Nathan SchneiderFebruary 11, 2015
Image via, available under a Creative Commons Attribution-ShareAlike 2.0 license.

The Maryknoll Office for Global Concerns, this month, has published a useful introduction to the promise and challenges of the so-called sharing economy—the new breed of companies that use Internet technology to teach us how to share again. A few centuries of capitalist civilization have done much to erode the community ties that made sharing the necessities and pleasures of life a matter of course. Now, companies like Uber (for cars), Airbnb (for housing), and TaskRabbit (for services) are selling sharing back to us—for no small price. While these platforms create new conveniences, they are threatening hard-fought-for worker protections like taxi and hotel unions. They are also turning into monopolistic mega-firms that control reams of data about our lives that even the worst village gossip could never get hold of. With whom will they be sharing that?

The Maryknoll newsletter links to excellent readings, especially from critical sharing-economy publications like Shareable (based in the United States) and OuiShare (primarily in Europe). But I’m surprised that it doesn’t offer much in the way of help from Catholic tradition. Often it feels like Catholics are too busy playing catch up with the latest gizmos to recognize that our tradition actually has a lot to say about them. Here are some quick examples of questions that the main pillars of Catholic social teaching might raise about sharing.

Preferential option for the poor

Any Christian reflection on the economy should begin with the voices of the poor and the marginalized. The sharing economy, too, makes much of its promises to make life easier for people with less. But it also tends to focus its attention on people in the ever-deflating middle class—those with extra rooms and cars to let, rather than those who never had those in the first place. Some “sharing” services, such as the app-based selling of parking spots that San Francisco recently banned, seem expressly meant to lend more privileges to those with money at the expense of those without.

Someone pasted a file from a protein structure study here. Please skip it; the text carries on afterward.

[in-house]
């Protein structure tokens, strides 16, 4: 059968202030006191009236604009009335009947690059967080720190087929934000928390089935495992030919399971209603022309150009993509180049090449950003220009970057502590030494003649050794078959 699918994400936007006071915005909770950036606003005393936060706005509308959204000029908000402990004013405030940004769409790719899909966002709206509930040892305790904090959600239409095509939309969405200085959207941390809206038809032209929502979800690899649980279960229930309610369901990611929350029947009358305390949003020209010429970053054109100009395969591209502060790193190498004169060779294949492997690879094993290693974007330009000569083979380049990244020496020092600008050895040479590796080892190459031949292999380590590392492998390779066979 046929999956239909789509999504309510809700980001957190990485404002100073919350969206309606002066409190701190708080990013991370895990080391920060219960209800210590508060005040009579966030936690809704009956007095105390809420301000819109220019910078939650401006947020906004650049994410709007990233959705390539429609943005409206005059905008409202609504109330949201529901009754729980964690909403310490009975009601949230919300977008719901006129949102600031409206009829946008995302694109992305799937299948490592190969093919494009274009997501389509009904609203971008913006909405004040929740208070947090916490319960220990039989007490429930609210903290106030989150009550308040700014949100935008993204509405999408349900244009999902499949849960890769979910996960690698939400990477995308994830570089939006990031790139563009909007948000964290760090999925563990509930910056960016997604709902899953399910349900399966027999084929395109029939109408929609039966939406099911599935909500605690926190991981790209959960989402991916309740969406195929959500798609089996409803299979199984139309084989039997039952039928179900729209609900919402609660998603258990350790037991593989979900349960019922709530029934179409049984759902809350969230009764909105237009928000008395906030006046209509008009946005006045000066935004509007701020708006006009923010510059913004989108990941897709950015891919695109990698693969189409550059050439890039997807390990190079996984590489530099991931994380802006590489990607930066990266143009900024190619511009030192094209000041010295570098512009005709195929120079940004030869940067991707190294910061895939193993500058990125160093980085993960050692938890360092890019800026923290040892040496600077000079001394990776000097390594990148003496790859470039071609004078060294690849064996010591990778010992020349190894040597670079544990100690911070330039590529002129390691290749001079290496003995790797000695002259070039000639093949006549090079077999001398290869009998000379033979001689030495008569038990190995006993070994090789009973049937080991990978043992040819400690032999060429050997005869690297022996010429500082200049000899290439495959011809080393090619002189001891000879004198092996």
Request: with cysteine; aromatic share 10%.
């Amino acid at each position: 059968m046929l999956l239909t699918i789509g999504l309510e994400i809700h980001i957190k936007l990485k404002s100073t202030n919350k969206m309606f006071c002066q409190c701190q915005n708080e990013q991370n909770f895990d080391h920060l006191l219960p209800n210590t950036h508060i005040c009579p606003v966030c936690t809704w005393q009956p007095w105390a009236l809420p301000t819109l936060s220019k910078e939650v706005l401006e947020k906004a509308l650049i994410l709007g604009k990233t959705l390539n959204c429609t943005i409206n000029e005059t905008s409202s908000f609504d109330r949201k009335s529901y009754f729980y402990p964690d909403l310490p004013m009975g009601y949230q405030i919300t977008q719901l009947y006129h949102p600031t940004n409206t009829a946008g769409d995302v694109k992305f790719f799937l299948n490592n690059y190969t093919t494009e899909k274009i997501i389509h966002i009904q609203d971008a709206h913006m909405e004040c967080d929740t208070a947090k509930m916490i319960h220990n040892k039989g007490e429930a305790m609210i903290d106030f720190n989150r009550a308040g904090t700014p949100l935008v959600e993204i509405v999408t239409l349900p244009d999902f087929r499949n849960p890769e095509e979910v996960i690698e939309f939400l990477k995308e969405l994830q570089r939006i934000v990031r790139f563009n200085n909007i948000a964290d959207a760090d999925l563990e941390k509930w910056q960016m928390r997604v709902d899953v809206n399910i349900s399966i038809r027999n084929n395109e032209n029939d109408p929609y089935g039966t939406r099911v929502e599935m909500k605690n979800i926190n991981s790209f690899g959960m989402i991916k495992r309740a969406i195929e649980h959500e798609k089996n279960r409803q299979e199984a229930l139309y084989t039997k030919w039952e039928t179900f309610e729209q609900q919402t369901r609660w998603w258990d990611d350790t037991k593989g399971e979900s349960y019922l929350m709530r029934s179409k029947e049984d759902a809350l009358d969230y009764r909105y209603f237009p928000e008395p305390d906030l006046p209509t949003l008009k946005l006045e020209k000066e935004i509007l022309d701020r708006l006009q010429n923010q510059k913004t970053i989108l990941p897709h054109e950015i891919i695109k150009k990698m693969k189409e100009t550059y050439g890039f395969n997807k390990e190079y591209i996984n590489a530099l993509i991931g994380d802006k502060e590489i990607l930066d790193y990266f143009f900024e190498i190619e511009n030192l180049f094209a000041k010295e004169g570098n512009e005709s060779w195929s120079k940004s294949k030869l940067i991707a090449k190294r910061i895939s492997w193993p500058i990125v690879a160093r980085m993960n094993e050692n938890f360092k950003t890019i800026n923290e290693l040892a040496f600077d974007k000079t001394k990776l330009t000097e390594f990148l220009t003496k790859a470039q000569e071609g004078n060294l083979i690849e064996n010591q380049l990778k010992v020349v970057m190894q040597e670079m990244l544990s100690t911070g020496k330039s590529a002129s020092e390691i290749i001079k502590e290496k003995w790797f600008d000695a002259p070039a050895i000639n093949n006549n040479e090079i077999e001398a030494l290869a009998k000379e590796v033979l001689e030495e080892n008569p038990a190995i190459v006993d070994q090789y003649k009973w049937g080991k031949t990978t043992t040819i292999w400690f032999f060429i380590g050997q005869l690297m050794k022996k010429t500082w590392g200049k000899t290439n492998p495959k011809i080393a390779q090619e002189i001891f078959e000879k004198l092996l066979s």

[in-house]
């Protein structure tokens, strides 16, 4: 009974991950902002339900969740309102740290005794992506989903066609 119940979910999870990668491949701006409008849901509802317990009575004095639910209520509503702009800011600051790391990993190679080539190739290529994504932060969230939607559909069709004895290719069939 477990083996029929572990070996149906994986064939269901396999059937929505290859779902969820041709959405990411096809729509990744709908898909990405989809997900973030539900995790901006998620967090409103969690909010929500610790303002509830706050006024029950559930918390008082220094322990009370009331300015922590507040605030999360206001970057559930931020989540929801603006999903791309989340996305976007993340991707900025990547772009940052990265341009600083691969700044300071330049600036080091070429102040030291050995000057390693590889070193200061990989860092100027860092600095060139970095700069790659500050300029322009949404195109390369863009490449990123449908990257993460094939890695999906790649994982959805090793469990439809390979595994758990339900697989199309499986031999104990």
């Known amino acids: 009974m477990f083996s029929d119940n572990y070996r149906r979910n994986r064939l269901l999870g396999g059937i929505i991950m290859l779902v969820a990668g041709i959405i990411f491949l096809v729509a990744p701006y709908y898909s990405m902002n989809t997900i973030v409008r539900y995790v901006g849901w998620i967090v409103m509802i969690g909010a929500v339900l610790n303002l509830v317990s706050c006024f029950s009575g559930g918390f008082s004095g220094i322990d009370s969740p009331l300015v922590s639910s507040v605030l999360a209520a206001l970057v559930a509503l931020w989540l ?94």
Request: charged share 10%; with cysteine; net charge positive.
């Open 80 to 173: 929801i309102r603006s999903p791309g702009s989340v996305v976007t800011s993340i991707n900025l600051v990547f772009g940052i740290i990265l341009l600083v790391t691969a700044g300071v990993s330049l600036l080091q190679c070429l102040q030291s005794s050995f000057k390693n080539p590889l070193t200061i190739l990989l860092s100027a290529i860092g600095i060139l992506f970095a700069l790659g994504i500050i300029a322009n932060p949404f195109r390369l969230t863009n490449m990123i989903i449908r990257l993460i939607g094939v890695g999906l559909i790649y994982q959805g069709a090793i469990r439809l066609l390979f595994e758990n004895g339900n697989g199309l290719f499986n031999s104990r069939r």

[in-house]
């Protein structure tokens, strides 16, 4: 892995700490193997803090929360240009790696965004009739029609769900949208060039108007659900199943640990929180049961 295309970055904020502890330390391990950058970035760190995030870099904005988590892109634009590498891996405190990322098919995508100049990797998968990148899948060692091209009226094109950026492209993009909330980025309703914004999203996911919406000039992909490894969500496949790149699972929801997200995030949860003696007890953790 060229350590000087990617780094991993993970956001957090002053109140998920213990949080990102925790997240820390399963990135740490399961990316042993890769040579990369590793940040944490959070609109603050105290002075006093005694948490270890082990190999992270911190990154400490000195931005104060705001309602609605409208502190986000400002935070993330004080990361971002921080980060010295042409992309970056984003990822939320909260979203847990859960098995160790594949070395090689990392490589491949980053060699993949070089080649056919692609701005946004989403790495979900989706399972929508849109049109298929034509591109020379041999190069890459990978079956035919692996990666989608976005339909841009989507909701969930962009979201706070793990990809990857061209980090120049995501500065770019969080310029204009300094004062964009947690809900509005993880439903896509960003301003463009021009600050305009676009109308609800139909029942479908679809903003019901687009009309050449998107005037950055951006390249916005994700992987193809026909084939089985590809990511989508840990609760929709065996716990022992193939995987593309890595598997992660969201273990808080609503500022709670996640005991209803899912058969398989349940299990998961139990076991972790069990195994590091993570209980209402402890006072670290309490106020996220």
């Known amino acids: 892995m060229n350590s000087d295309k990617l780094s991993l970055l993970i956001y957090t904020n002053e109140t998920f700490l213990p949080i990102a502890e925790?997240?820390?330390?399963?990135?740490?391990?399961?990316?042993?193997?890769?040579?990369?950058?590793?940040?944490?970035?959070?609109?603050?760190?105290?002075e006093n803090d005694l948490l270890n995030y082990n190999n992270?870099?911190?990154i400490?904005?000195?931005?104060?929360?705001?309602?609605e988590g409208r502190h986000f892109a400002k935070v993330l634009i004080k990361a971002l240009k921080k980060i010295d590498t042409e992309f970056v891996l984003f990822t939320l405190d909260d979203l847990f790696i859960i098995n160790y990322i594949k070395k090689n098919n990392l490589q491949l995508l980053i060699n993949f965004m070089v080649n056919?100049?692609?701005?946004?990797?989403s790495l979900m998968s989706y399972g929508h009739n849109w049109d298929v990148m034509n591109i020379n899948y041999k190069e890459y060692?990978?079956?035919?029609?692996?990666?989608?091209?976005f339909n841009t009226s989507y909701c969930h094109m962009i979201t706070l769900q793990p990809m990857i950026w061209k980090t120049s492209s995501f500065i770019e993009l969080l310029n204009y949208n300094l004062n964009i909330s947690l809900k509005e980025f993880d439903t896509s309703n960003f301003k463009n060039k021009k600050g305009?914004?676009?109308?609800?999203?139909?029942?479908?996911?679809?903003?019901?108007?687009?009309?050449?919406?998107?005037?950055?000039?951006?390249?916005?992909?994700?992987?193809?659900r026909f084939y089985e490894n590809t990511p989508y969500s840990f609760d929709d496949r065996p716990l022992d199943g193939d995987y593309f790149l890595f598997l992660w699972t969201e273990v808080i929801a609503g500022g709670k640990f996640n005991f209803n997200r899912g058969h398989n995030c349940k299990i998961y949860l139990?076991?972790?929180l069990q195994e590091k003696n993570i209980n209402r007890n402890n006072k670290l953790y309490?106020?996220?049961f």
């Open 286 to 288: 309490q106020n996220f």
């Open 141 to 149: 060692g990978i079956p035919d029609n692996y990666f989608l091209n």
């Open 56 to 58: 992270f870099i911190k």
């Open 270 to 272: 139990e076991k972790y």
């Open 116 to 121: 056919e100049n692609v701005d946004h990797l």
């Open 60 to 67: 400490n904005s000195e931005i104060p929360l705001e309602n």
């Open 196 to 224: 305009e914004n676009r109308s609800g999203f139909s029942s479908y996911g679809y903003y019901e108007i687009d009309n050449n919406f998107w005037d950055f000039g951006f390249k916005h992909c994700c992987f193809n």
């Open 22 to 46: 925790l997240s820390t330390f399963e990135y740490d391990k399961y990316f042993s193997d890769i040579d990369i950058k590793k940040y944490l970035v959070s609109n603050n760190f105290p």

Discrimination is a problem, too; racist user behavior on Airbnb has been well documented. Such discrimination may go to the very heart of the “sharig economy” label itself; when people of color set up “gypsy cabs” to cover routes ignored by public transit, they’re banned, but when middle-class whites do something similar with smartphones, it’s called the sharing economy.

  • Who really benefits from new platforms, and who doesn’t?
  • How would these services look different if they were designed by the poor and marginalized?


This isn’t something the Catholic Church is always super good at actually practicing, but it’s at least something we preach. It’s also virtually absent from the sharing economy. The basic idea of subsidiarity is that management should happen at as local a level as possible, and only at higher levels when truly necessary. Big sharing-economy companies, in contrast, are charging into communities with millions or billions of dollars in venture capital and re-configuring local habits around such basics as transport and housing. It doesn’t have to be that way. A lot of these same functions could surely be performed better with locally run, locally owned networks. Using open-source software, these local networks could work together to build and share solid technological infrastructure.

The problem, often, is proper financing. Tech investors tend to like companies that are enormous and monopolistic, and that can get in the way of local control; these enable them to siphon more wealth out of our communities and into their pockets. For subsidiarity-based businesses, we need subsidiarity-based financing that privileges local efforts and facilitates lateral collaboration.